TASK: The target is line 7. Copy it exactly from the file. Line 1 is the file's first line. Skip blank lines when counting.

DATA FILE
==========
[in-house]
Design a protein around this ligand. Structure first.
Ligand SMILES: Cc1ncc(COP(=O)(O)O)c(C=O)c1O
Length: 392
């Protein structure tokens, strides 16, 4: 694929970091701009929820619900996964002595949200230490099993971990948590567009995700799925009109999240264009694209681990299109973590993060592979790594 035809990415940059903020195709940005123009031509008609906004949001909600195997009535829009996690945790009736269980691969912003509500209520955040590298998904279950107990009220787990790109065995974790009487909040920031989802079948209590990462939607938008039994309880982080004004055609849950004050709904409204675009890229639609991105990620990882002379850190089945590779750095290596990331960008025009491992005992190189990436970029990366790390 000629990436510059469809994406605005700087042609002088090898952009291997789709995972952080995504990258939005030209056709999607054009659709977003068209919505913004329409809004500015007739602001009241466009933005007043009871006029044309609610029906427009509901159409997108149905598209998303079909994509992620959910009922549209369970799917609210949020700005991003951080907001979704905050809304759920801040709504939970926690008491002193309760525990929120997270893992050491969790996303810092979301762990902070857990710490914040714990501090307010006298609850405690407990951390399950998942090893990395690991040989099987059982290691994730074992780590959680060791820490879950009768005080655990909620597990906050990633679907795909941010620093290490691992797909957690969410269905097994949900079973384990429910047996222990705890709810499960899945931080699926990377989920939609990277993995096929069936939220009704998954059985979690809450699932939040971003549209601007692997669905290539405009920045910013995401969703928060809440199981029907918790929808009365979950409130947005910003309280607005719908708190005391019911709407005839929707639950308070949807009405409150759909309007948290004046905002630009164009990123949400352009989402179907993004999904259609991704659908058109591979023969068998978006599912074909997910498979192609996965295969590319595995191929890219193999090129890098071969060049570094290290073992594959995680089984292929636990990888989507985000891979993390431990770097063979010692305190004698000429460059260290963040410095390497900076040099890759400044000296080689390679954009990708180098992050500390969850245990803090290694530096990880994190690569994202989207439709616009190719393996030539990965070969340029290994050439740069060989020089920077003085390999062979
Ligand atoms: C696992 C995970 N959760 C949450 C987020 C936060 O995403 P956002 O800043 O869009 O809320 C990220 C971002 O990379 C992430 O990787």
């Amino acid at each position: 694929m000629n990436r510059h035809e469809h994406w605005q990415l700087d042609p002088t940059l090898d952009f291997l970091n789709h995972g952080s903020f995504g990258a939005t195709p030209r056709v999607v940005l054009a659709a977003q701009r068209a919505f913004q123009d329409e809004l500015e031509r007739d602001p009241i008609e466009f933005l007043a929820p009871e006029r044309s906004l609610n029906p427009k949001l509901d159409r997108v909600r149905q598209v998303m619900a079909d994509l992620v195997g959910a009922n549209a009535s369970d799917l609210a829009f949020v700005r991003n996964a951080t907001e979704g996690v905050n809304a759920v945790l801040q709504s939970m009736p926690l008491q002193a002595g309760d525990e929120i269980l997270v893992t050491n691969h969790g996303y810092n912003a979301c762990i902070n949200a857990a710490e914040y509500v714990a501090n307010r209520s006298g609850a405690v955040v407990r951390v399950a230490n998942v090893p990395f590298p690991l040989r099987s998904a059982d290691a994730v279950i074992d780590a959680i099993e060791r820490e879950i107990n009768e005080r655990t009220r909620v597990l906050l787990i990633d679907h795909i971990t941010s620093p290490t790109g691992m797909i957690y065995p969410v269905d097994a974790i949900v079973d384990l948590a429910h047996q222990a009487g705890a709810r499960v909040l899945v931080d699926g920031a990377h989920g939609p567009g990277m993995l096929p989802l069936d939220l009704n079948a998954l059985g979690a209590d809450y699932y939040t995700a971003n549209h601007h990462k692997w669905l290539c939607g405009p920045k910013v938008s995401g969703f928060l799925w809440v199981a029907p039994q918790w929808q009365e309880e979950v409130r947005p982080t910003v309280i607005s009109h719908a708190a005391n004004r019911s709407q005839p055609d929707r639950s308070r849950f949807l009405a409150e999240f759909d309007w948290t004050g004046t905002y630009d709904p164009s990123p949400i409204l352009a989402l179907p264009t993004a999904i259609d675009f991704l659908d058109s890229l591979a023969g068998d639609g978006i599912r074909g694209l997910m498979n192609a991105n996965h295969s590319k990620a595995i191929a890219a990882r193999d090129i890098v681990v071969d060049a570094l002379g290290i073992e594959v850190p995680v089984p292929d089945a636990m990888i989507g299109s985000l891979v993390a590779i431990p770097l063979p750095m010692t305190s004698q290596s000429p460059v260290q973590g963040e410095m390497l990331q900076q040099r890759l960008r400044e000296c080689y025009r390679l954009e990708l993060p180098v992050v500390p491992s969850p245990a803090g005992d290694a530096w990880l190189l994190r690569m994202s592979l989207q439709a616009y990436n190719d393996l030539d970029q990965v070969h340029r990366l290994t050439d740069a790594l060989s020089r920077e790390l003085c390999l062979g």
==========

């Amino acid at each position: 694929m000629n990436r510059h035809e469809h994406w605005q990415l700087d042609p002088t940059l090898d952009f291997l970091n789709h995972g952080s903020f995504g990258a939005t195709p030209r056709v999607v940005l054009a659709a977003q701009r068209a919505f913004q123009d329409e809004l500015e031509r007739d602001p009241i008609e466009f933005l007043a929820p009871e006029r044309s906004l609610n029906p427009k949001l509901d159409r997108v909600r149905q598209v998303m619900a079909d994509l992620v195997g959910a009922n549209a009535s369970d799917l609210a829009f949020v700005r991003n996964a951080t907001e979704g996690v905050n809304a759920v945790l801040q709504s939970m009736p926690l008491q002193a002595g309760d525990e929120i269980l997270v893992t050491n691969h969790g996303y810092n912003a979301c762990i902070n949200a857990a710490e914040y509500v714990a501090n307010r209520s006298g609850a405690v955040v407990r951390v399950a230490n998942v090893p990395f590298p690991l040989r099987s998904a059982d290691a994730v279950i074992d780590a959680i099993e060791r820490e879950i107990n009768e005080r655990t009220r909620v597990l906050l787990i990633d679907h795909i971990t941010s620093p290490t790109g691992m797909i957690y065995p969410v269905d097994a974790i949900v079973d384990l948590a429910h047996q222990a009487g705890a709810r499960v909040l899945v931080d699926g920031a990377h989920g939609p567009g990277m993995l096929p989802l069936d939220l009704n079948a998954l059985g979690a209590d809450y699932y939040t995700a971003n549209h601007h990462k692997w669905l290539c939607g405009p920045k910013v938008s995401g969703f928060l799925w809440v199981a029907p039994q918790w929808q009365e309880e979950v409130r947005p982080t910003v309280i607005s009109h719908a708190a005391n004004r019911s709407q005839p055609d929707r639950s308070r849950f949807l009405a409150e999240f759909d309007w948290t004050g004046t905002y630009d709904p164009s990123p949400i409204l352009a989402l179907p264009t993004a999904i259609d675009f991704l659908d058109s890229l591979a023969g068998d639609g978006i599912r074909g694209l997910m498979n192609a991105n996965h295969s590319k990620a595995i191929a890219a990882r193999d090129i890098v681990v071969d060049a570094l002379g290290i073992e594959v850190p995680v089984p292929d089945a636990m990888i989507g299109s985000l891979v993390a590779i431990p770097l063979p750095m010692t305190s004698q290596s000429p460059v260290q973590g963040e410095m390497l990331q900076q040099r890759l960008r400044e000296c080689y025009r390679l954009e990708l993060p180098v992050v500390p491992s969850p245990a803090g005992d290694a530096w990880l190189l994190r690569m994202s592979l989207q439709a616009y990436n190719d393996l030539d970029q990965v070969h340029r990366l290994t050439d740069a790594l060989s020089r920077e790390l003085c390999l062979g």